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Case Reports in Gastrointestinal Medicine
Volume 2017, Article ID 1767418, 4 pages
Case Report

Metastatic Melanoma of the Gallbladder in an Asymptomatic Patient

1SUNY Upstate Medical University, Syracuse, NY 13210, USA
2Department of Radiology, SUNY Upstate Medical University, Syracuse, NY 13210, USA
3Department of Pathology, SUNY Upstate Medical University, Syracuse, NY 13210, USA
4Department of Nuclear Medicine, SUNY Upstate Medical University, Syracuse, NY 13210, USA

Correspondence should be addressed to Asad Khan; ude.etatspu@asanahk

Received 5 June 2017; Accepted 18 July 2017; Published 22 August 2017

Academic Editor: Gregory Kouraklis

Copyright © 2017 Asad Khan et al. This is an open access article distributed under the Creative Commons Attribution License, which permits unrestricted use, distribution, and reproduction in any medium, provided the original work is properly cited.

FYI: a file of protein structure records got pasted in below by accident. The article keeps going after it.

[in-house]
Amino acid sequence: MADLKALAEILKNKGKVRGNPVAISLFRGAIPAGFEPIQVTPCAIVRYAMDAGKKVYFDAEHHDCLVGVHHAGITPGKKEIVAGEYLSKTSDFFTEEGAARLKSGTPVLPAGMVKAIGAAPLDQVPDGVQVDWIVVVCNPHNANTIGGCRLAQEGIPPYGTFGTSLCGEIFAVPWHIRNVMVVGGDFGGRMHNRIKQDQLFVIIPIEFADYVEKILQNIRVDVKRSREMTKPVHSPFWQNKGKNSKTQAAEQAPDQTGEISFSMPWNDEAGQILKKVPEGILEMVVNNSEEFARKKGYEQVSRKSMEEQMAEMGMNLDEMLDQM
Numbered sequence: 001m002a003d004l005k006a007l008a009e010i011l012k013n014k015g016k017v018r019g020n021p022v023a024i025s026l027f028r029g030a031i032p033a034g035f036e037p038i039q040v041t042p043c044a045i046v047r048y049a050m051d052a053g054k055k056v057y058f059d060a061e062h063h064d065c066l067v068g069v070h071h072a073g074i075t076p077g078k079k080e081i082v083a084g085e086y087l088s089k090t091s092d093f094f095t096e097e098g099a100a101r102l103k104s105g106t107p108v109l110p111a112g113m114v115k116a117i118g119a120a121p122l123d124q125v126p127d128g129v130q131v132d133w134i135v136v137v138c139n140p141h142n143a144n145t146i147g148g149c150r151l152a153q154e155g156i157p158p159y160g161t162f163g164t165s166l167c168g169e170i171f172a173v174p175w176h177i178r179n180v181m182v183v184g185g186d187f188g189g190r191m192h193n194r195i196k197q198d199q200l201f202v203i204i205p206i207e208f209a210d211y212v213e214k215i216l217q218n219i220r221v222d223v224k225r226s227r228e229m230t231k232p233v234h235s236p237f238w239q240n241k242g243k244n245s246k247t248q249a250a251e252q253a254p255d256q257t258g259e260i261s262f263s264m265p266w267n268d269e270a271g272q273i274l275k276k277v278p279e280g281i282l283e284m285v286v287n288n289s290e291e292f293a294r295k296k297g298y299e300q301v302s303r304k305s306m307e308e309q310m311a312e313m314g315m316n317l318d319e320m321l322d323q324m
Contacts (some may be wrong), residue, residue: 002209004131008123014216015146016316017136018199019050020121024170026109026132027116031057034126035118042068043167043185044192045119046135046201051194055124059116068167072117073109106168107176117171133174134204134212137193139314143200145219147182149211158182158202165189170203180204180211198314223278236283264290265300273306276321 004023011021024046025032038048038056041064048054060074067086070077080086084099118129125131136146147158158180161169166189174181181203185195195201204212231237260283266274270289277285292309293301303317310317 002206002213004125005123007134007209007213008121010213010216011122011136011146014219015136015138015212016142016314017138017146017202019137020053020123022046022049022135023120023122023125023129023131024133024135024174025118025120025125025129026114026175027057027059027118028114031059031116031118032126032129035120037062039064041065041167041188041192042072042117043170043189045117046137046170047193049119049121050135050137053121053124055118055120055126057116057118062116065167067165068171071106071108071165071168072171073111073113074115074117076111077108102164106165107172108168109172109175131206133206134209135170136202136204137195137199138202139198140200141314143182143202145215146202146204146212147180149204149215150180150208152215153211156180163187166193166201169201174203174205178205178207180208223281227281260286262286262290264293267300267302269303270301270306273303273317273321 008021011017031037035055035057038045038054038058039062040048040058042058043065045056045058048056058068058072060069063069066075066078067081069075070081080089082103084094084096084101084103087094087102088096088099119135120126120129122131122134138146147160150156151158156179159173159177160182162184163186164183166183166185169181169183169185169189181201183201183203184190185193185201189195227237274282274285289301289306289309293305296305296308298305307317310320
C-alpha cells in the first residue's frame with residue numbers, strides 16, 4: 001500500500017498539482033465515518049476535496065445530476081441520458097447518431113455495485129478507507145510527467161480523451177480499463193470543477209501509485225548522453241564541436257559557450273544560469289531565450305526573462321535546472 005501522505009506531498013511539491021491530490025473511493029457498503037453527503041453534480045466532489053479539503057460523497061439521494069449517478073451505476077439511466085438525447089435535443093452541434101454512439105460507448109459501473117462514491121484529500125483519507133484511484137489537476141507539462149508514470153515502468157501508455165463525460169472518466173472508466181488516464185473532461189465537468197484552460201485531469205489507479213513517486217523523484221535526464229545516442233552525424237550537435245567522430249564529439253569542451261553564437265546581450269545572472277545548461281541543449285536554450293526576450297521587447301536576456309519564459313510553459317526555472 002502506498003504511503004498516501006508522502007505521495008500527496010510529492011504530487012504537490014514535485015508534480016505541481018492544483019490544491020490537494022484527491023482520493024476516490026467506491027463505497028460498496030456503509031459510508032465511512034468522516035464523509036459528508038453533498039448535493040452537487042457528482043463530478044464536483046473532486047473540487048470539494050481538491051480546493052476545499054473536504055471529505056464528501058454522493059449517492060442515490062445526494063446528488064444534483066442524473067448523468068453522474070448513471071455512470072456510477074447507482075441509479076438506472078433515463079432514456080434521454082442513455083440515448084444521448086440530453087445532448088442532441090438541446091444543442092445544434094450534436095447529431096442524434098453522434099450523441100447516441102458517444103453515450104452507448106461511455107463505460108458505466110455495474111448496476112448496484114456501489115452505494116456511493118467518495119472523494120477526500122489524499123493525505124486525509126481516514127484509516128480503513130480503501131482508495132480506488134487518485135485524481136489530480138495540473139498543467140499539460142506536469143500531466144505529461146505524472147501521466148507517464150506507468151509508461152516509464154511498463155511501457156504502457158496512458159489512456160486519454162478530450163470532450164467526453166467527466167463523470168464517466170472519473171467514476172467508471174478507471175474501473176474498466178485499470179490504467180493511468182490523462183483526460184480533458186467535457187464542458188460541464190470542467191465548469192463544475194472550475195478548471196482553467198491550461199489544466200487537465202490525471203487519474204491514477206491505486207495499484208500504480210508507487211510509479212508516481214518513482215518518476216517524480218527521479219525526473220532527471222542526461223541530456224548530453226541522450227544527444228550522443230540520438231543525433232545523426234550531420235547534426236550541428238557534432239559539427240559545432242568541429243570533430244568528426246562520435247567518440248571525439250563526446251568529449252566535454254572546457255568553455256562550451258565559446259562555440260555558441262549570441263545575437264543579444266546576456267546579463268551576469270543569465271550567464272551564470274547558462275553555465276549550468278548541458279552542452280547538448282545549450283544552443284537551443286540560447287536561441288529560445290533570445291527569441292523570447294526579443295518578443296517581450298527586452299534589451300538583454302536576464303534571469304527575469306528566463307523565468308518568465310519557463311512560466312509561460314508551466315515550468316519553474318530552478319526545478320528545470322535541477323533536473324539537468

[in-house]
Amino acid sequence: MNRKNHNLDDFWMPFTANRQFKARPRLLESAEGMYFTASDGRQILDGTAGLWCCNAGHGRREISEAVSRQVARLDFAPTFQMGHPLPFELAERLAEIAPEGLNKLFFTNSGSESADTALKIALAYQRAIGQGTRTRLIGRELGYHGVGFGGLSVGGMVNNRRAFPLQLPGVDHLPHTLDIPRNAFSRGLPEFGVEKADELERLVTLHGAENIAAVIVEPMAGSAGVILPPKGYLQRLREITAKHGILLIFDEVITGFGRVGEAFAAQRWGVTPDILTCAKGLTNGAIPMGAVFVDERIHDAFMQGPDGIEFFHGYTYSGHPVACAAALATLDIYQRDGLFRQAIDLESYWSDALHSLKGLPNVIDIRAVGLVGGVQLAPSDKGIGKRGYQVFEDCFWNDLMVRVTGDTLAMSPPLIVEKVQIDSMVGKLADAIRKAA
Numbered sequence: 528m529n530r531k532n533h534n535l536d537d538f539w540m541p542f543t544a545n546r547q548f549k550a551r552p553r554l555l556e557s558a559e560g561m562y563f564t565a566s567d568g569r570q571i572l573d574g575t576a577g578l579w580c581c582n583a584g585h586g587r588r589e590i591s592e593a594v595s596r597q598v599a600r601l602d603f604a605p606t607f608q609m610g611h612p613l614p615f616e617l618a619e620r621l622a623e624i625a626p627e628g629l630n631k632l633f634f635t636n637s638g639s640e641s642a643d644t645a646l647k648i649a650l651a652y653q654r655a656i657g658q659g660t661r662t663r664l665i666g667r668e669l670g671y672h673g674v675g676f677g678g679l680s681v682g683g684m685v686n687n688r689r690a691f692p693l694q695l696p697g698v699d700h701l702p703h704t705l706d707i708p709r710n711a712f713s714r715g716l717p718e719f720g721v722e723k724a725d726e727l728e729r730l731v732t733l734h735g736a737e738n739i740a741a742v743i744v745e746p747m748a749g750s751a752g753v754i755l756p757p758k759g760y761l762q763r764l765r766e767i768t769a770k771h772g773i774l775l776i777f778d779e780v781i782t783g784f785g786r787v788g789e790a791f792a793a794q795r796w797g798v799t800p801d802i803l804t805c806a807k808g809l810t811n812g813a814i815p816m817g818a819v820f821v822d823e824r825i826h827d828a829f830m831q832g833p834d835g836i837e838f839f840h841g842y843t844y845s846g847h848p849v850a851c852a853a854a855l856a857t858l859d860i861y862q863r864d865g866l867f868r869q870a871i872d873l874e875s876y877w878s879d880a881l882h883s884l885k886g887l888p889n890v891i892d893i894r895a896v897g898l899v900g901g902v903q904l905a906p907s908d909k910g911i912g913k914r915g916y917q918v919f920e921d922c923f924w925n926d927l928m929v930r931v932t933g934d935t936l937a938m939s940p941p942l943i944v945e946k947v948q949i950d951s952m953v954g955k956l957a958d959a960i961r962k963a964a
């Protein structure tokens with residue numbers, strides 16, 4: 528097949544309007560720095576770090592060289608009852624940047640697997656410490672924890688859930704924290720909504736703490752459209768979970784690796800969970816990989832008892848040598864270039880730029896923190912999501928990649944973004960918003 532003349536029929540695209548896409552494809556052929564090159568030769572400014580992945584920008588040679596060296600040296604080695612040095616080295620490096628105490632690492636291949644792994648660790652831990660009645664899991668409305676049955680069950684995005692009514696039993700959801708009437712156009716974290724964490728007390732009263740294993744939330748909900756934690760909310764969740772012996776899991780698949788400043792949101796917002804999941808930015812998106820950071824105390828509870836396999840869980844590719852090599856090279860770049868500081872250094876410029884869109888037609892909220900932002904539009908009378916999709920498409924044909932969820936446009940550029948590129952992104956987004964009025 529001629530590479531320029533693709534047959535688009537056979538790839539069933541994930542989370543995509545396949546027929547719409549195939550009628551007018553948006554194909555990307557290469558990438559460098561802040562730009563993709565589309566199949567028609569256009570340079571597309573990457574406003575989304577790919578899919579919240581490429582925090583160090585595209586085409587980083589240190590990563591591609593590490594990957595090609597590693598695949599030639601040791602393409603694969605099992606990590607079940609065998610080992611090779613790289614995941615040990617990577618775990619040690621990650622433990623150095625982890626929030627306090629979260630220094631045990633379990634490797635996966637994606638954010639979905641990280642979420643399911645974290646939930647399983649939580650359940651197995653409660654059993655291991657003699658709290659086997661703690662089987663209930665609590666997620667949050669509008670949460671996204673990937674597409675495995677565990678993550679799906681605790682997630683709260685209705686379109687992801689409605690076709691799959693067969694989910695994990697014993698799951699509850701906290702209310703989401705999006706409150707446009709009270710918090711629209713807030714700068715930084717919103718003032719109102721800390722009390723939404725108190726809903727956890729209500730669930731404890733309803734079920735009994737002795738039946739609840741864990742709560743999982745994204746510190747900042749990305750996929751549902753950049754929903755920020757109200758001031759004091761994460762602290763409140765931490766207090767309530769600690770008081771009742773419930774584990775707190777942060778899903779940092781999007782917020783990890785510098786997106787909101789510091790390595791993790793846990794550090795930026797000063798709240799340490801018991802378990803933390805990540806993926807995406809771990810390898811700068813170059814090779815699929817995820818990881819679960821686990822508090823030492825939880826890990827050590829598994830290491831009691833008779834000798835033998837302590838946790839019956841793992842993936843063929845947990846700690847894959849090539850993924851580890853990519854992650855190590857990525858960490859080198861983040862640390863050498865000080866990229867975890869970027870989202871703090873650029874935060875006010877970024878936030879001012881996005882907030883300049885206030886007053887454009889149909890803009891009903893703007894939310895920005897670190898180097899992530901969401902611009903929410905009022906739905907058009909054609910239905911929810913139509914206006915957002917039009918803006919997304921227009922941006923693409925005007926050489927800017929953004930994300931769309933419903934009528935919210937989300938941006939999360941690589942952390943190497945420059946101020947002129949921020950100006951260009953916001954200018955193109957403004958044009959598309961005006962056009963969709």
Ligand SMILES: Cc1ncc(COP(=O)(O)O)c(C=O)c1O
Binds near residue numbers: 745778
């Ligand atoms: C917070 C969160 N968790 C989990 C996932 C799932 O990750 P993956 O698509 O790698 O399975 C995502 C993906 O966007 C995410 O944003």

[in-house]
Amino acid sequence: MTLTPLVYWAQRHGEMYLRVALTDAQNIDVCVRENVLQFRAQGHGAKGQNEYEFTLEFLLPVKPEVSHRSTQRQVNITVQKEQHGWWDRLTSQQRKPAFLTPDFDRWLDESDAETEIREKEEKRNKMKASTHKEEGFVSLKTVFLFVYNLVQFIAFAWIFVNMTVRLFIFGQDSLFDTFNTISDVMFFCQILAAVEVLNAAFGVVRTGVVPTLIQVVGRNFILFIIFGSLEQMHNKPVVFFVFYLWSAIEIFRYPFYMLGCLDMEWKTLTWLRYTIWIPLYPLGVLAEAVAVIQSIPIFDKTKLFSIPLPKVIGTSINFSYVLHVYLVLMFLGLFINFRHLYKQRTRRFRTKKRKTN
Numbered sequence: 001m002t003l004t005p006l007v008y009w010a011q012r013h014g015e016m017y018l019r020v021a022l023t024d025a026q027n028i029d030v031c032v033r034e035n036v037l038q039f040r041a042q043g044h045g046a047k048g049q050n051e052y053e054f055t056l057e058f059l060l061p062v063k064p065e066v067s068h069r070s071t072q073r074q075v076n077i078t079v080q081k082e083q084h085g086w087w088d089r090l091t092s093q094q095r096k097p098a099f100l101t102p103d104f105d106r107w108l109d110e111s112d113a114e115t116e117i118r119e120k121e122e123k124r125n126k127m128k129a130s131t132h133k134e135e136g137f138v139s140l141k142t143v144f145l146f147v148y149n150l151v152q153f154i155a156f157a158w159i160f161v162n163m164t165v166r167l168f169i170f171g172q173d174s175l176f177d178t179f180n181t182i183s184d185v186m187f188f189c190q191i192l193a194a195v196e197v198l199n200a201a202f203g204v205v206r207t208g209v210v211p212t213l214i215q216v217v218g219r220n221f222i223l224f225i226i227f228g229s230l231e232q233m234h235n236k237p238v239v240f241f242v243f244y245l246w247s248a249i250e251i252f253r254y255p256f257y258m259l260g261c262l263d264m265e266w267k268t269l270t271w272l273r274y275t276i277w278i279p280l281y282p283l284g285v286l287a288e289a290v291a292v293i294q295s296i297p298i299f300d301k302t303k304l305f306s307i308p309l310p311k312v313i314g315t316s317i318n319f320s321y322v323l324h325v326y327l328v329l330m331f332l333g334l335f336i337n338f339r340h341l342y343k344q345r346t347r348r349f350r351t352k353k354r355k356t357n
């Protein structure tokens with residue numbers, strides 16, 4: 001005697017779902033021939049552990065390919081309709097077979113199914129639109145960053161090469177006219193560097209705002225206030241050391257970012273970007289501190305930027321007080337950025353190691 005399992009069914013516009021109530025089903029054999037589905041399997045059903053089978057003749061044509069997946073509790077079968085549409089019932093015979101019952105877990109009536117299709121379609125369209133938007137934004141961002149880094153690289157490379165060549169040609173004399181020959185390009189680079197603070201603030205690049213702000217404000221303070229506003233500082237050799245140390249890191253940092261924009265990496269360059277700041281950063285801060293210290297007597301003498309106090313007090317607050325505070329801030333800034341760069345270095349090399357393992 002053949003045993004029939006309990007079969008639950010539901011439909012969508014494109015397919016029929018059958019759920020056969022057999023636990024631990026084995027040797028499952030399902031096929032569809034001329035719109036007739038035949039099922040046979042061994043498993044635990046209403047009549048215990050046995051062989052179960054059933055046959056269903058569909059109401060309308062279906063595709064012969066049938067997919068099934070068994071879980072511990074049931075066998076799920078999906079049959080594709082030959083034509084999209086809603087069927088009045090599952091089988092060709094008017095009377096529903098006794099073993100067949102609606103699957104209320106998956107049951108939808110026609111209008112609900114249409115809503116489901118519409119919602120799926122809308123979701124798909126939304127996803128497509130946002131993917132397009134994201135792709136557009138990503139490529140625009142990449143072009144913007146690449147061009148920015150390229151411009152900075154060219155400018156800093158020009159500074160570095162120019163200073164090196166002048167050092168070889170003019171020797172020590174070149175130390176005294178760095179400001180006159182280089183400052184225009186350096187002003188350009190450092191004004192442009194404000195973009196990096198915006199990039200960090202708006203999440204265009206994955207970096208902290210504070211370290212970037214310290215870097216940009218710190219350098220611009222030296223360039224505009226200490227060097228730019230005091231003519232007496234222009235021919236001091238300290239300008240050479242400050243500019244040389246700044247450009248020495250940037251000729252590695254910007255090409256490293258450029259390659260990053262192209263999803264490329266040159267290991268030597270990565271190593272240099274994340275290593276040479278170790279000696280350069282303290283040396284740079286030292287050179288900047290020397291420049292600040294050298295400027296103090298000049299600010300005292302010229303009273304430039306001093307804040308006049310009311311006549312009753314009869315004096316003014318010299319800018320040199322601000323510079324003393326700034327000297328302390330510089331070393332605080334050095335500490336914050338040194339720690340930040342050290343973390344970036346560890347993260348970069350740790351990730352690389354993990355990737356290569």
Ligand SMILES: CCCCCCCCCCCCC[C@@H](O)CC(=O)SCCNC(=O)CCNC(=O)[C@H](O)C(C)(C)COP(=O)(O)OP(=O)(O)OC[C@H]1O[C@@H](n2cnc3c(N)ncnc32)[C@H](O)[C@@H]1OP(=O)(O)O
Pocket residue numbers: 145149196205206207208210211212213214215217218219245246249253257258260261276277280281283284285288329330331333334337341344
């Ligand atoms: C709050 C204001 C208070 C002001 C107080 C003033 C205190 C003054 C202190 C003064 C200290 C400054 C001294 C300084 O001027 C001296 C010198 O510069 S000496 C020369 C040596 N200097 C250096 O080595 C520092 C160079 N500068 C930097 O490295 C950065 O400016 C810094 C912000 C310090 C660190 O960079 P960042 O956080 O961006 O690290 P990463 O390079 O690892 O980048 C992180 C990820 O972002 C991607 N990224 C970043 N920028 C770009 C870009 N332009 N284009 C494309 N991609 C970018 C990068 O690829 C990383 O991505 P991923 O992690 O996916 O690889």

Malignant Melanoma (MM) is among the most dangerous malignancies with some of the least known survival rates. Melanoma most commonly metastasizes to regional lymph nodes, the lungs, and brain. Metastatic disease of the gallbladder (GB) is exceptionally rare making it difficult to diagnose. The fact that typically patients do not present until they are symptomatic—only after widespread metastatic disease has already occurred—is further complicating the diagnosis of MM of the GB. For this reason, MM of the GB is rarely discovered in living patients. In fact, review of the literature showed only 40 instances in which metastatic disease of the GB was reported in living patients. We describe the presentation and management of a patient who had metastatic disease of the GB. However, our case is unique because his malignancy was discovered incidentally while he was asymptomatic. He was successfully treated with an open cholecystectomy. We have presented this case in order to make the necessity of meticulous investigation of potential metastasis in patients with a known history of cutaneous melanoma clear.